Horticulture therapy has a wide range of use. It began gaining ground in the ‘40s, and has been found helpful in rehabilitative, vocational, and community settings. We at Bridging the Gaps are excited to implement this therapeutic opportunity into our programming.
Horticulture therapy incorporates the use of plants to aid healing and improve mental health.
“What makes a garden therapeutic? The basic features of a therapeutic garden can include wide and gently graded accessible entrances and paths, raised planting beds and containers, and a sensory-oriented plant selection focused on color, texture, and fragrance” AHTA
Additionally, individuals also work at improving their relationships and communication with peers while improving their environment and surroundings. Clients also gain mental and emotional benefits from the upkeep and care for the plants.
Healing can take place in the therapeutic environment horticulture creates. This definition of healing refers to “restoring one to the experience of wholeness and connection to the cycle of life.”
Furthermore, in recovery, planting plants teaches clients about healing themselves from the ground up. Developing a fostering a good root system before any growth is imperative.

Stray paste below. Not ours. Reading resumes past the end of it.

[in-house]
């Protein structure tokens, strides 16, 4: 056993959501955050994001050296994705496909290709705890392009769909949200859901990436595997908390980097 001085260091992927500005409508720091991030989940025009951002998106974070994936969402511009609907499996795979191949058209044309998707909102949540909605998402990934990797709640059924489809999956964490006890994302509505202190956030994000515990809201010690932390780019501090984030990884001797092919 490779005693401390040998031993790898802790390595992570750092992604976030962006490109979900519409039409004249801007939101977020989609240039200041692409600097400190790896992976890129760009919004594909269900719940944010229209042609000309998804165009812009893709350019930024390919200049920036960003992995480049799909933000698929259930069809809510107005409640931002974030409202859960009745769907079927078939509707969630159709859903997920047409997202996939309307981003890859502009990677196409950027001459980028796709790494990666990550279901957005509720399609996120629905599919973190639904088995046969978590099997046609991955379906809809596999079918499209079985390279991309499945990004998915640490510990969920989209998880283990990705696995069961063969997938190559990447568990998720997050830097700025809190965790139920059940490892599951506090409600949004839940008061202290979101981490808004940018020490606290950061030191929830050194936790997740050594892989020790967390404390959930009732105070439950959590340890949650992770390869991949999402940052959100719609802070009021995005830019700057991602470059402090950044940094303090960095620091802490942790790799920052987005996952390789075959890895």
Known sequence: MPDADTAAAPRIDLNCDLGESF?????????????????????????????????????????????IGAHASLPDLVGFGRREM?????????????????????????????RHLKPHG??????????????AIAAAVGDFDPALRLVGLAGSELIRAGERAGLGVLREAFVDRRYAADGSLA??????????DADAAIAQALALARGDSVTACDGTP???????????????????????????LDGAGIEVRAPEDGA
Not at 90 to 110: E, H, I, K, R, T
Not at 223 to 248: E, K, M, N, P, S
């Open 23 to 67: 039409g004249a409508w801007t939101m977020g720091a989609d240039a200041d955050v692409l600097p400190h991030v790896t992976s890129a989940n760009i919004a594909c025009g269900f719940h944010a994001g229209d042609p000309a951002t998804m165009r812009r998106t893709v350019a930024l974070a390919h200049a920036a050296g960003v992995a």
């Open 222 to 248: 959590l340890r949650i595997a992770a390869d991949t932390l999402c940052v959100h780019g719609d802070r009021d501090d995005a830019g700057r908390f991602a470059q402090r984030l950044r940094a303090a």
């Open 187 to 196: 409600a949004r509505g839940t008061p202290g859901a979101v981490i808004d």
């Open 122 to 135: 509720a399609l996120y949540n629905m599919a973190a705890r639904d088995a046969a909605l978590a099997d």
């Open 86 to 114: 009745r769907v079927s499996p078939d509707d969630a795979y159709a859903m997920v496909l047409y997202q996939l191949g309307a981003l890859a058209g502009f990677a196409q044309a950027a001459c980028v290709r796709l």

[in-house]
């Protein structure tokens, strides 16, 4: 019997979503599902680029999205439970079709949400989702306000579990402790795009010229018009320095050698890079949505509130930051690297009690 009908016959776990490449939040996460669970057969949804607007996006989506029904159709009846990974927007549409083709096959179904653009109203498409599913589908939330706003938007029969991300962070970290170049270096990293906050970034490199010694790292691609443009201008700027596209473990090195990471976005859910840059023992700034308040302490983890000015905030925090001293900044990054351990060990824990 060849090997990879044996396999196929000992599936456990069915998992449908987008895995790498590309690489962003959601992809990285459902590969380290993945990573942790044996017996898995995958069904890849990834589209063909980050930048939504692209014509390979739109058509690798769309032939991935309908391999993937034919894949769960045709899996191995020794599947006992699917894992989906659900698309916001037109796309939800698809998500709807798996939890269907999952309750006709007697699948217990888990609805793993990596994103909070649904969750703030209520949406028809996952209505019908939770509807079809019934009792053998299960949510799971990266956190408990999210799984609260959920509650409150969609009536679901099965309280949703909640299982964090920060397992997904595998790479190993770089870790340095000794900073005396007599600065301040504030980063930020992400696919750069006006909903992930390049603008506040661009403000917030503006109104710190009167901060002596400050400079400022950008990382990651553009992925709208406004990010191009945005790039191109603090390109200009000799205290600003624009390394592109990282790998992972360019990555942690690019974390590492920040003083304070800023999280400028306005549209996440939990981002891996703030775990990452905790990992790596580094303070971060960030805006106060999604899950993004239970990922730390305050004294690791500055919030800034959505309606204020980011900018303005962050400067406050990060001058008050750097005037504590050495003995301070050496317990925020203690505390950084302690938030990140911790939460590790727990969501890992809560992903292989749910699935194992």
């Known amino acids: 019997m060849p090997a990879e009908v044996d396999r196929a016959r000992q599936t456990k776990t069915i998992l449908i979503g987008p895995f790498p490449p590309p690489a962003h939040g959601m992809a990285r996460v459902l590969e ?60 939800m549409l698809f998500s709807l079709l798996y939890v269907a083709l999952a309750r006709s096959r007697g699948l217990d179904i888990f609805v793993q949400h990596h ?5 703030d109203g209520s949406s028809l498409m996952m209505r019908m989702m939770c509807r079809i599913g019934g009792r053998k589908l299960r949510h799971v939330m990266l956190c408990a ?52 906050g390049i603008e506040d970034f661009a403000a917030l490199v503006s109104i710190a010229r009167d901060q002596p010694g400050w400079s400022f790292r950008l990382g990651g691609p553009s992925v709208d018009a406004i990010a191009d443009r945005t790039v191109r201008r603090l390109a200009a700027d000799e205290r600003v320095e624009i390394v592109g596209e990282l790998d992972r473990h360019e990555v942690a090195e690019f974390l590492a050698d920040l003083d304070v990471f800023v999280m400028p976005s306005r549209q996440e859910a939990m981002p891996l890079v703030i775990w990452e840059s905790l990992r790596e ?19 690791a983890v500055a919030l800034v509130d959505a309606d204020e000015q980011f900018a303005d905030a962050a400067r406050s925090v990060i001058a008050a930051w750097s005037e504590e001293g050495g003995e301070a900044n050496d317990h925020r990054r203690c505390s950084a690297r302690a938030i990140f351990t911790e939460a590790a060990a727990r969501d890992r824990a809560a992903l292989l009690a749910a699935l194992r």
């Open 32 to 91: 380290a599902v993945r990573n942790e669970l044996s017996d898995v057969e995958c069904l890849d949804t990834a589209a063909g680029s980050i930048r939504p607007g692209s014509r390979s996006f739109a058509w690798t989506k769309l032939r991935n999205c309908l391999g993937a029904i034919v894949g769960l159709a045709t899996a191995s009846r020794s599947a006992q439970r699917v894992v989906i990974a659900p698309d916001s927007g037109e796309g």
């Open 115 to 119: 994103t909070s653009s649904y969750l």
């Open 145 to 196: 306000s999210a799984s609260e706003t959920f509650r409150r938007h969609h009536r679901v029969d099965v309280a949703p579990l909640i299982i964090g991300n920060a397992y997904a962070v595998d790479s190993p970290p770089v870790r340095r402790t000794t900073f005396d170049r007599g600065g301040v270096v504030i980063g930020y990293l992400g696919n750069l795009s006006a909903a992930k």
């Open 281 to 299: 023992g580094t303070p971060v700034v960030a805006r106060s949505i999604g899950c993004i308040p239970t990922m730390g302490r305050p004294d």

Just as we make way for the seeds to sprouts, and sprouts to leaves, and leaves, to flowering flowers, they learn to also can make way for the growth within them selves.
One unique study conducted in Scandinavia explored the therapeutic value horticulture therapy has to offer clients with neurological and psychological aliments. They found that in creating the gardens that all clients had access to and also benefited from. Some of the benefits include improved socialization, decreased stress, motor movement, and overall relaxation and healing.
They also found that in creating these therapeutic environments, that they were also able to engage in other healing activities. These activities included yoga, dancing, and learning about maintenance and construction of gardens.
Plants provide us with life supporting oxygen and nutrients, we too support plants in the environment and care we give them. Our lives are connected, and when we learn to have an appreciation for how we are able to support nature, beautiful things begin to sprout.
Horticulture therapy is more than learning to live in recovery. Planting and experiencing nature up close and hands on provides more than just beauty, it supplies life. It is about learning to “become competent in (positive) activities, to improve self-concepts and break negative cycles of real or perceived abilities and control.”
Bridging the Gaps is excited to have this programming implemented for clients this summer! We look forward to the harvest from the garden that has been planted. We also enjoy the beauty that the flowers have added. Horticulture Therapy has really taken root here at BTG, and we cannot wait to see the process grow!